The holidays are an exciting time for everyone, but this time of year is particularly special for small children. With proper planning and a little creativity, you can ensure that the holiday season is enjoyable and low stress for your entire family.
Creating Family Traditions
Family traditions, such as seeing a particular play during the season or preparing special meals, can be fun for the whole family. Traditions not only encourage good values, but they give your child something to look forward to when she knows Christmas is coming. Traditions also offer a fun way for young children to learn.
Writing Christmas lists and letters to Santa Claus encourage young children to develop both fine motor and writing skills. Creating holiday crafts and decorations also helps with early childhood development without having to be a chore for young children.
Advent calendars are a great way to build up excitement for Christmas. They are also an excellent pre-school learning activity for small children just discovering the days of the week or numbers. Each day in the month of December, children open up small openings in the calendar to reveal a small toy or treat. They are often stylized after popular cartoon characters, allowing your child to build up a small collection of toys that make a set.
Scheduling Special Activities
With all of the special events planned around the holiday season, your child may not be the only one in need of an afternoon nap. It is important to make a schedule and stick with it as best you can. Budget your time evenly between family friendly activities and things like cooking meals and shopping for family and friends.
It may be tempting to bring your child along for most shopping trips, but try to avoid taking them on daylong outings. Instead, choose a specific purchase decisions you would like to involve your child in, such as purchasing a gift for a grandparent. This allows them to be part of the fun, but helps you avoid the fatigue that affects many small children on big shopping trips.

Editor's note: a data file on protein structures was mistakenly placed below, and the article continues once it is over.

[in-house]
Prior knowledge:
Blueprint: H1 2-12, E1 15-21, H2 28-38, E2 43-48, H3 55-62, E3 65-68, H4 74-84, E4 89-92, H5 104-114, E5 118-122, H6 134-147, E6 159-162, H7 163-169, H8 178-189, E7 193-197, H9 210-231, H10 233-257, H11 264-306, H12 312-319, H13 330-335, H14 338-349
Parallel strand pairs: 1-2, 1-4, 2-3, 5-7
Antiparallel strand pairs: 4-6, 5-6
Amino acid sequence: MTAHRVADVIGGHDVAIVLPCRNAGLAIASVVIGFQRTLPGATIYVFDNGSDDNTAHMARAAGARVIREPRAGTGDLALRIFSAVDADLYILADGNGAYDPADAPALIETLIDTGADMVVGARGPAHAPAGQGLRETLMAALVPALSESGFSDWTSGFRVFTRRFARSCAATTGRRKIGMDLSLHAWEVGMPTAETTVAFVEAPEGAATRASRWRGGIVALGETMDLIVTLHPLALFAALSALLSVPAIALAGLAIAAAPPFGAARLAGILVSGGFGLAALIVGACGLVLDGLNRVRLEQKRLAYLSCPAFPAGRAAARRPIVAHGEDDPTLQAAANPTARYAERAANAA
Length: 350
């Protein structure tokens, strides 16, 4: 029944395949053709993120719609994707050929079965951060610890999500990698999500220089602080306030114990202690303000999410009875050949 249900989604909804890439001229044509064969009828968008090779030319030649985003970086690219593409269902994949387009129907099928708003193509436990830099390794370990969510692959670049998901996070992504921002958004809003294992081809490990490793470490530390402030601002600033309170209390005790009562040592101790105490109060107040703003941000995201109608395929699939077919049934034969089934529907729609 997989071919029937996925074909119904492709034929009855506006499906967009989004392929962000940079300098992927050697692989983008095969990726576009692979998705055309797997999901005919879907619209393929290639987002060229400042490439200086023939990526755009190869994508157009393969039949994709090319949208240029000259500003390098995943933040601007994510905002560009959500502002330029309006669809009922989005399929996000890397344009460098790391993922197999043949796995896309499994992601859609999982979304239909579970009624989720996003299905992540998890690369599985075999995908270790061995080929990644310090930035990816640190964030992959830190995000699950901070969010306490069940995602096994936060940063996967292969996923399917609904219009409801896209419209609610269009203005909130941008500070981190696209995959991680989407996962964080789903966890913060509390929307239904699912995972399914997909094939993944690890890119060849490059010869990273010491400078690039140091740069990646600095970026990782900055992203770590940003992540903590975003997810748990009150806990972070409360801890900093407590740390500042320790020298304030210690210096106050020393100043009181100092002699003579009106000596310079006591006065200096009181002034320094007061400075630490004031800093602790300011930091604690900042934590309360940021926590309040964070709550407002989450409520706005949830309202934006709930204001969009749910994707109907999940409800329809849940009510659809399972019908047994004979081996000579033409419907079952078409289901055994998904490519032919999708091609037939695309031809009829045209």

Helping Your Child Avoid Overstimulation
Overstimulation does not have to inevitable. Instead of planning many events rapid-fire throughout the season, carve out time for a few family traditions and parties only. If your family has many commitments, such as work related Christmas parties, find a babysitter or enlist the help of a grandparent. Avoid throwing your child off their sleep schedule as much as possible. This makes the transition from the holiday season back to regular bedtimes easier for everyone.
Christmas Eve and the Big Day
Christmas Eve will be the biggest day of excitement for the entire family. Allowing your child to open one gift on Christmas Eve will not only give them a taste of what is to come the following morning, but also help calm some curious little minds.
After all of the presents have been opened, it’s a great idea to involve your child in cleaning up the giant mess of boxes and wrapping paper your living room has no doubt become. The best way to encourage your child to help is by turning cleaning up into part of the fun. Make it a race to see who can clean up the most trash.
About the guest author: Briana Kelly has over 5 years experience writing content in the area of child development. She regularly writes on behalf of www.giraffe.ie , a childcare provider based in Dublin, Ireland.